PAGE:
OVSP is Giving Soccer Back to the Kids!

Welcome to OVSP! Thank you for making this possible for our kids.

With our inaugural season just beginning we thank you for entrusting your kids into our care. We are excited to serve the community, support the family, and strengthen kids here in the South Bay! With over 80 kids participating (K-3rd grade), we are grateful for this vibrant beginning and look forward to many seasons to come!

We want to thank all of you from day one for making this league such a tremendous success! Young and old alike will give testimony that, "This isn’t just any ordinary soccer league.” OVSP is a youth league for both boys and girls with a focus on kids winning in the game of life. Character, sportsmanship, and teamwork are emphasized, as every child receives personal attention and equal playing time. We are all committed to making an immediate and lasting difference in the lives of San Diego families.

Youth sports across the country continue to gain momentum as participation numbers are on the increase, yet, as experts agree, the atmosphere in which the games are played is many times less than positive. Just about anyone who has spent time around youth sports these days has had a very bad experience and has heard of plenty more. A survey of 3,300 parents published in the January/February issue of SportingKid magazine last year found that 84 percent had witnessed “violent parental behavior” toward children, coaches, or officials at kids’ sports events; 60 percent said they had been victims of such behavior. Not to mention the weekly verbal abuse and lack of adult self-control witnessed by the ultimate victims, the children.

In the past decade, some disturbing new trends have emerged. Children are starting in sports younger, specializing in one sport earlier, and may play the same sport year-round. The consequences of such activity are not yet fully understood, but sports physicians say stress injuries among kids are way up, and coaches say some of the most talented athletes drop out by their teens. For many parents the demands of toting kids to practice, travel games, and tournaments are taking a big toll on what used to be called family life. In the past 20 years, says Alvin Rosenfeld, a New York psychiatrist who specializes in adolescents, structured sports time has doubled while family dinners have been cut by a third and family vacations have decreased 28 percent. “There’s been a huge growth in highly competitive youth sports,” says Paul Roellig, a Virginia coach and parent. “The question nobody’s asking is, is this a good thing?”

A survey last summer at the National PTA Convention in Charlotte, N.C., found 56 percent of parents saying that youth sports were too competitive, nearly half said that organized youth sports need to be completely revamped, and half said if they could change one thing, they would want their coach to be less focused on winning. Many surveys support this conclusion: Most kids would prefer to play a lot on a team that loses than sit on the bench of a team that wins.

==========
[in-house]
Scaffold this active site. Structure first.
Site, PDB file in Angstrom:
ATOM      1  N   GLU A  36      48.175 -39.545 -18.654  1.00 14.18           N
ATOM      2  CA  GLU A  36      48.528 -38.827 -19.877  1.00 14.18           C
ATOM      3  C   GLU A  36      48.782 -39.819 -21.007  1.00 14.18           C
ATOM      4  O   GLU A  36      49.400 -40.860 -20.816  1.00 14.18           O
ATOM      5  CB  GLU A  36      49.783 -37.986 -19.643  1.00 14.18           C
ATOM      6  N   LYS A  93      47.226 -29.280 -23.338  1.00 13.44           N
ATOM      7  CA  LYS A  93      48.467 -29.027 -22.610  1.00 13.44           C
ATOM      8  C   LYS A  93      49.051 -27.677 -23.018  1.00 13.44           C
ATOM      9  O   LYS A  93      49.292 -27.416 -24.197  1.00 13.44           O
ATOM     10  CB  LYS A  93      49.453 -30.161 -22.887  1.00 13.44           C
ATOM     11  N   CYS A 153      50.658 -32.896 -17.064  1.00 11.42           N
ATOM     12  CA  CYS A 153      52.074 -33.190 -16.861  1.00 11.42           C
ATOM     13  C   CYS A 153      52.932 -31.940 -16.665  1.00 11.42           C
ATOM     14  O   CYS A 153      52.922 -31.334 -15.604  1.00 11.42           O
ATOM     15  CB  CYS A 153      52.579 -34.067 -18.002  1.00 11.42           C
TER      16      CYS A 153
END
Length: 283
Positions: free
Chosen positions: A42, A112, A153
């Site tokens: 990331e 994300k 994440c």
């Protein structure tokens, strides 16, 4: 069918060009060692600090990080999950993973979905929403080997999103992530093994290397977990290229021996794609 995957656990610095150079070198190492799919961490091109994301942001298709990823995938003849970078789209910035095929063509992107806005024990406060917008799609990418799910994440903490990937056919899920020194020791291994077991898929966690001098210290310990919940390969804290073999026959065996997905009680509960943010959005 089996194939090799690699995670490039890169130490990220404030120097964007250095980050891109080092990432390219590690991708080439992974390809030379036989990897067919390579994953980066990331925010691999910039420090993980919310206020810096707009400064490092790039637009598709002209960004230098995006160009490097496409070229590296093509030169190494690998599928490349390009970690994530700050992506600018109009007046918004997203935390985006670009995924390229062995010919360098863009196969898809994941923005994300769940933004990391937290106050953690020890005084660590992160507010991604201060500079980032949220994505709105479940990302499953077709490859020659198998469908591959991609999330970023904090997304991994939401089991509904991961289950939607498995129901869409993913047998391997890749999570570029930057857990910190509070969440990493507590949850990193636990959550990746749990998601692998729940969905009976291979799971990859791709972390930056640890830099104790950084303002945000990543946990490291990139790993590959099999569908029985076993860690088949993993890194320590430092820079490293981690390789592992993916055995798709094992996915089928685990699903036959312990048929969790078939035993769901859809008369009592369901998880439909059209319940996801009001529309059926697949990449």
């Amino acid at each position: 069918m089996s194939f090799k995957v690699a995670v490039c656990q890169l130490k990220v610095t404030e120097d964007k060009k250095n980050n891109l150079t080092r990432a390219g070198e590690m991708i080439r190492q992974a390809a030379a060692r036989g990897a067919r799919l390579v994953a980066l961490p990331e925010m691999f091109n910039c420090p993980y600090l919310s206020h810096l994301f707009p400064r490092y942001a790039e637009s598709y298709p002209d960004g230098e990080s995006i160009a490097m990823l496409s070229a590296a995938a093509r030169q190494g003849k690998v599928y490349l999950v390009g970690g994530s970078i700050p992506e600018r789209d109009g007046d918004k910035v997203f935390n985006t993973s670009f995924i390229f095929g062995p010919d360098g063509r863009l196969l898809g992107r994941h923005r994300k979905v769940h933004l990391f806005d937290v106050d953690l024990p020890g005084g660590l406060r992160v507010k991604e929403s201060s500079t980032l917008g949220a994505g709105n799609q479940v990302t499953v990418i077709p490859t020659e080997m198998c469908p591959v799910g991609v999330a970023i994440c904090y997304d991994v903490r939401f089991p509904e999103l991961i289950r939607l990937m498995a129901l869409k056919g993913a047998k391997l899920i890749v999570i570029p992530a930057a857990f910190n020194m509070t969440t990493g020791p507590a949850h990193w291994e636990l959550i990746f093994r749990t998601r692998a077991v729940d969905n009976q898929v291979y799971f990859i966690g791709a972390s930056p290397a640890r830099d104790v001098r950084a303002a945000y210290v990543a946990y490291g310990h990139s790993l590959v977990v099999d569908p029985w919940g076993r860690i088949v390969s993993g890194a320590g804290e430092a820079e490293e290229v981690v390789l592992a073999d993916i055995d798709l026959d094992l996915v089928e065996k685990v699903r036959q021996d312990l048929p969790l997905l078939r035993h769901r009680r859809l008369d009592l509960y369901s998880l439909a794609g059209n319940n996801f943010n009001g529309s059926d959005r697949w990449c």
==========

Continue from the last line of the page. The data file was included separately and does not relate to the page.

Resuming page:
In soccer, the odds are even longer, because so many colleges recruit foreign players. “It’s not a worthy objective at the elementary level to push kids to embrace a professional sports vision," Doyle says, “which is what some of these coaches are telling kids and parents alike. You know, ‘If you don’t play for me you’re not going to get to college."

By the numbers • Dan Doyle • Executive Director of the Institute for International Sport at the University of Rhode Island • The Encyclopedia of Sports Parenting

By the numbers • Dan Doyle • Executive Director of the Institute for International Sport at the University of Rhode Island • The Encyclopedia of Sports Parenting

Equally crazy, experts say, is the idea that child stars can be created by starting early. “It doesn’t matter when you start a sport. If you start at 3, it doesn’t necessarily help,” says Paul Stricker, a pediatric sports medicine specialist in San Diego. “Kids develop sports skills in a very sequential manner, just like they do sitting up and walking and talking. Parents and coaches just don’t understand that sequence. They feel that after they’re potty trained, if they practice something enough they’ll get it.” Parents, some coaches say, are often fooled by “early maturers,” kids who are big and well-coordinated at a young age. But often it’s the late bloomers, who had to work longer and harder at sports, who turn into the stars.

At OVSP we believe that every child is destined to be a superstar as a spouse, parent, leader, employee, student, friend, and community servant.

At OVSP we believe that every child is destined to be a superstar as a spouse, parent, leader, employee, student, friend, and community servant. Therefore, we seek to share with them the true source of their real significance. We are committed to providing our community with a non-competitive soccer league that keeps the main thing the main thing, which is serving our community, supporting the family, and strengthening kids. Here at OVSP kids can be kids and fun is never overshadowed by the pressure of competition.

If you have any questions or feedback for us, please do not hesitate to call (619.424.7870).

Pastor Steve Boschen